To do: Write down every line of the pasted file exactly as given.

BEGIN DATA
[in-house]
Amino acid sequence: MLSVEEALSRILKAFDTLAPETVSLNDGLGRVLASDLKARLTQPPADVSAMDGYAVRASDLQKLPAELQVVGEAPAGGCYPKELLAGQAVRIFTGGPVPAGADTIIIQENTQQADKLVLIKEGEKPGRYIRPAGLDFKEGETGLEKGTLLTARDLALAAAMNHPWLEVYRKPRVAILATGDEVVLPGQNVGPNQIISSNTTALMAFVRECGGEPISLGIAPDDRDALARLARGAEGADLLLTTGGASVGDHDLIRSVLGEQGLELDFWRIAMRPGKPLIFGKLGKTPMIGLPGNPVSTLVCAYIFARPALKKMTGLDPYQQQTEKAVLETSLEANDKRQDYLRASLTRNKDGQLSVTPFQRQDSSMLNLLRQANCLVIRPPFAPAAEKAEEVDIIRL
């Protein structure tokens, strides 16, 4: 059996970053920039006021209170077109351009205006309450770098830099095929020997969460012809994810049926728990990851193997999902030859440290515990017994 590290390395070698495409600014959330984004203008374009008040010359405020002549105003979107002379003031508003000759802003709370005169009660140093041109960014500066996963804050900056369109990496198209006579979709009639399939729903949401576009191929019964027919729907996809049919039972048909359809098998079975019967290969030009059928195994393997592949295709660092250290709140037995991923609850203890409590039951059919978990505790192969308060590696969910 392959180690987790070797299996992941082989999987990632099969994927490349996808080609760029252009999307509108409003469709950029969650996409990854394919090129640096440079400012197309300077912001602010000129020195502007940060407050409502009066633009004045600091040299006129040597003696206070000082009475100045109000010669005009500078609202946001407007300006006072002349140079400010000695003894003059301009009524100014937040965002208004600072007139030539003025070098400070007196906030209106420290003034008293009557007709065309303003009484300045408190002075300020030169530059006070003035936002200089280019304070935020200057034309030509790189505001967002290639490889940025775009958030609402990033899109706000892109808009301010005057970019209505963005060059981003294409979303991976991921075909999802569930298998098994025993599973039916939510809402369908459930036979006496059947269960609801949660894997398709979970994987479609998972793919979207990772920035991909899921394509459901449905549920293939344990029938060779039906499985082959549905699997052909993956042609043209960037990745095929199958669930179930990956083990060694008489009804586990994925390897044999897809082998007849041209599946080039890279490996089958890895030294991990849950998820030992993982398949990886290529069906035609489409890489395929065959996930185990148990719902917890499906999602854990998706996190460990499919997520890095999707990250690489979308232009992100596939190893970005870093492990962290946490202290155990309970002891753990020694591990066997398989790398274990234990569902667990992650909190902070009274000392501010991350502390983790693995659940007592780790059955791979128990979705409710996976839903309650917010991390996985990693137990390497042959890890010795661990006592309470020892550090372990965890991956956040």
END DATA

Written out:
[in-house]
Amino acid sequence: MLSVEEALSRILKAFDTLAPETVSLNDGLGRVLASDLKARLTQPPADVSAMDGYAVRASDLQKLPAELQVVGEAPAGGCYPKELLAGQAVRIFTGGPVPAGADTIIIQENTQQADKLVLIKEGEKPGRYIRPAGLDFKEGETGLEKGTLLTARDLALAAAMNHPWLEVYRKPRVAILATGDEVVLPGQNVGPNQIISSNTTALMAFVRECGGEPISLGIAPDDRDALARLARGAEGADLLLTTGGASVGDHDLIRSVLGEQGLELDFWRIAMRPGKPLIFGKLGKTPMIGLPGNPVSTLVCAYIFARPALKKMTGLDPYQQQTEKAVLETSLEANDKRQDYLRASLTRNKDGQLSVTPFQRQDSSMLNLLRQANCLVIRPPFAPAAEKAEEVDIIRL
């Protein structure tokens, strides 16, 4: 059996970053920039006021209170077109351009205006309450770098830099095929020997969460012809994810049926728990990851193997999902030859440290515990017994 590290390395070698495409600014959330984004203008374009008040010359405020002549105003979107002379003031508003000759802003709370005169009660140093041109960014500066996963804050900056369109990496198209006579979709009639399939729903949401576009191929019964027919729907996809049919039972048909359809098998079975019967290969030009059928195994393997592949295709660092250290709140037995991923609850203890409590039951059919978990505790192969308060590696969910 392959180690987790070797299996992941082989999987990632099969994927490349996808080609760029252009999307509108409003469709950029969650996409990854394919090129640096440079400012197309300077912001602010000129020195502007940060407050409502009066633009004045600091040299006129040597003696206070000082009475100045109000010669005009500078609202946001407007300006006072002349140079400010000695003894003059301009009524100014937040965002208004600072007139030539003025070098400070007196906030209106420290003034008293009557007709065309303003009484300045408190002075300020030169530059006070003035936002200089280019304070935020200057034309030509790189505001967002290639490889940025775009958030609402990033899109706000892109808009301010005057970019209505963005060059981003294409979303991976991921075909999802569930298998098994025993599973039916939510809402369908459930036979006496059947269960609801949660894997398709979970994987479609998972793919979207990772920035991909899921394509459901449905549920293939344990029938060779039906499985082959549905699997052909993956042609043209960037990745095929199958669930179930990956083990060694008489009804586990994925390897044999897809082998007849041209599946080039890279490996089958890895030294991990849950998820030992993982398949990886290529069906035609489409890489395929065959996930185990148990719902917890499906999602854990998706996190460990499919997520890095999707990250690489979308232009992100596939190893970005870093492990962290946490202290155990309970002891753990020694591990066997398989790398274990234990569902667990992650909190902070009274000392501010991350502390983790693995659940007592780790059955791979128990979705409710996976839903309650917010991390996985990693137990390497042959890890010795661990006592309470020892550090372990965890991956956040």